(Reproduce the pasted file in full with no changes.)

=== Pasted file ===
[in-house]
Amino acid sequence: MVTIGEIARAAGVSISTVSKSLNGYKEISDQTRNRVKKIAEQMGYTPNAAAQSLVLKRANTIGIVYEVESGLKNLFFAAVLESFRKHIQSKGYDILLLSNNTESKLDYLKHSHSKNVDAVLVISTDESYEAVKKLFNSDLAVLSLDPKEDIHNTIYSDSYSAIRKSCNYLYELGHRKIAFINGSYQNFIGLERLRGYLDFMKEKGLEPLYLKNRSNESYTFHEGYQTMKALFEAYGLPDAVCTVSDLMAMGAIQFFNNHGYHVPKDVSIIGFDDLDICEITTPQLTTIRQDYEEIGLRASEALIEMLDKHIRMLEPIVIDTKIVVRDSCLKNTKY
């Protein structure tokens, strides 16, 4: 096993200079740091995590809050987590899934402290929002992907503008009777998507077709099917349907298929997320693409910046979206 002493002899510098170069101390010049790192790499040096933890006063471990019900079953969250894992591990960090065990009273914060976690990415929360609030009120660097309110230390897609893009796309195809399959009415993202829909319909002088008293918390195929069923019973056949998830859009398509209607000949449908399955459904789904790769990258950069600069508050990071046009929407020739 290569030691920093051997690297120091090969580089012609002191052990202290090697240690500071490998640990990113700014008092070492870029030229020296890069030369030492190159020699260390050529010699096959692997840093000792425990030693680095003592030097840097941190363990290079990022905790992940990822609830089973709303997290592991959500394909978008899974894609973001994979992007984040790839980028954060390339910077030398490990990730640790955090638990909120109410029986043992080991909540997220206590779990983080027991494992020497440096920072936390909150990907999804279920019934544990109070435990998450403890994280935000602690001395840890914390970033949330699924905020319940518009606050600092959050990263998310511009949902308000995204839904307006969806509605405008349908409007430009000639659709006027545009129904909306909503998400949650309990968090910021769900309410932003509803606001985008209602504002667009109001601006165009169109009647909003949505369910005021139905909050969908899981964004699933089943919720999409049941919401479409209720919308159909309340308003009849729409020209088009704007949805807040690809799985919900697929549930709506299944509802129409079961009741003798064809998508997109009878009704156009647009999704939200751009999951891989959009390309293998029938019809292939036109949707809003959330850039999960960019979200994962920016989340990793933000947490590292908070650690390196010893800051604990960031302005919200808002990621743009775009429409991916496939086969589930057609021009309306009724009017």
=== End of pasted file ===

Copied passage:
[in-house]
Amino acid sequence: MVTIGEIARAAGVSISTVSKSLNGYKEISDQTRNRVKKIAEQMGYTPNAAAQSLVLKRANTIGIVYEVESGLKNLFFAAVLESFRKHIQSKGYDILLLSNNTESKLDYLKHSHSKNVDAVLVISTDESYEAVKKLFNSDLAVLSLDPKEDIHNTIYSDSYSAIRKSCNYLYELGHRKIAFINGSYQNFIGLERLRGYLDFMKEKGLEPLYLKNRSNESYTFHEGYQTMKALFEAYGLPDAVCTVSDLMAMGAIQFFNNHGYHVPKDVSIIGFDDLDICEITTPQLTTIRQDYEEIGLRASEALIEMLDKHIRMLEPIVIDTKIVVRDSCLKNTKY
């Protein structure tokens, strides 16, 4: 096993200079740091995590809050987590899934402290929002992907503008009777998507077709099917349907298929997320693409910046979206 002493002899510098170069101390010049790192790499040096933890006063471990019900079953969250894992591990960090065990009273914060976690990415929360609030009120660097309110230390897609893009796309195809399959009415993202829909319909002088008293918390195929069923019973056949998830859009398509209607000949449908399955459904789904790769990258950069600069508050990071046009929407020739 290569030691920093051997690297120091090969580089012609002191052990202290090697240690500071490998640990990113700014008092070492870029030229020296890069030369030492190159020699260390050529010699096959692997840093000792425990030693680095003592030097840097941190363990290079990022905790992940990822609830089973709303997290592991959500394909978008899974894609973001994979992007984040790839980028954060390339910077030398490990990730640790955090638990909120109410029986043992080991909540997220206590779990983080027991494992020497440096920072936390909150990907999804279920019934544990109070435990998450403890994280935000602690001395840890914390970033949330699924905020319940518009606050600092959050990263998310511009949902308000995204839904307006969806509605405008349908409007430009000639659709006027545009129904909306909503998400949650309990968090910021769900309410932003509803606001985008209602504002667009109001601006165009169109009647909003949505369910005021139905909050969908899981964004699933089943919720999409049941919401479409209720919308159909309340308003009849729409020209088009704007949805807040690809799985919900697929549930709506299944509802129409079961009741003798064809998508997109009878009704156009647009999704939200751009999951891989959009390309293998029938019809292939036109949707809003959330850039999960960019979200994962920016989340990793933000947490590292908070650690390196010893800051604990960031302005919200808002990621743009775009429409991916496939086969589930057609021009309306009724009017």